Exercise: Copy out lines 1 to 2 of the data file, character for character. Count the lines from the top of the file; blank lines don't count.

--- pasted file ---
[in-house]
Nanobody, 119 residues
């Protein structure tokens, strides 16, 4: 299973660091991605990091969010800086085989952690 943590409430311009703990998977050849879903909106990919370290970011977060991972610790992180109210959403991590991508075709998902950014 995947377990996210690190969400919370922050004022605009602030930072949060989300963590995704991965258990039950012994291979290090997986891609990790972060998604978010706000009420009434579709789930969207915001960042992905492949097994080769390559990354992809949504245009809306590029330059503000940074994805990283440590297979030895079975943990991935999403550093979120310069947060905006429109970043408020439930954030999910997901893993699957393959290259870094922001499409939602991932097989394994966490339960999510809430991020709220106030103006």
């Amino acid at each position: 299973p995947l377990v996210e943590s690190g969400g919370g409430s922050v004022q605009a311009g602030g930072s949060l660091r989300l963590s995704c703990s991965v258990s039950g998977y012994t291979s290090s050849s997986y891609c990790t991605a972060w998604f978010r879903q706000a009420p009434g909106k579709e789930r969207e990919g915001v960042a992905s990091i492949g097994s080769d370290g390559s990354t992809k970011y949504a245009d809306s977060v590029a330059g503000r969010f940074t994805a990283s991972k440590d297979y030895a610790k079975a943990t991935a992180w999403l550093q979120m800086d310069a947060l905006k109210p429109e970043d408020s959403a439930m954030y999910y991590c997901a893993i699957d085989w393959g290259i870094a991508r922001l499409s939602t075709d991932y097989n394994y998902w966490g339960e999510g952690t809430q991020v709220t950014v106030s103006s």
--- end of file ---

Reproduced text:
[in-house]
Nanobody, 119 residues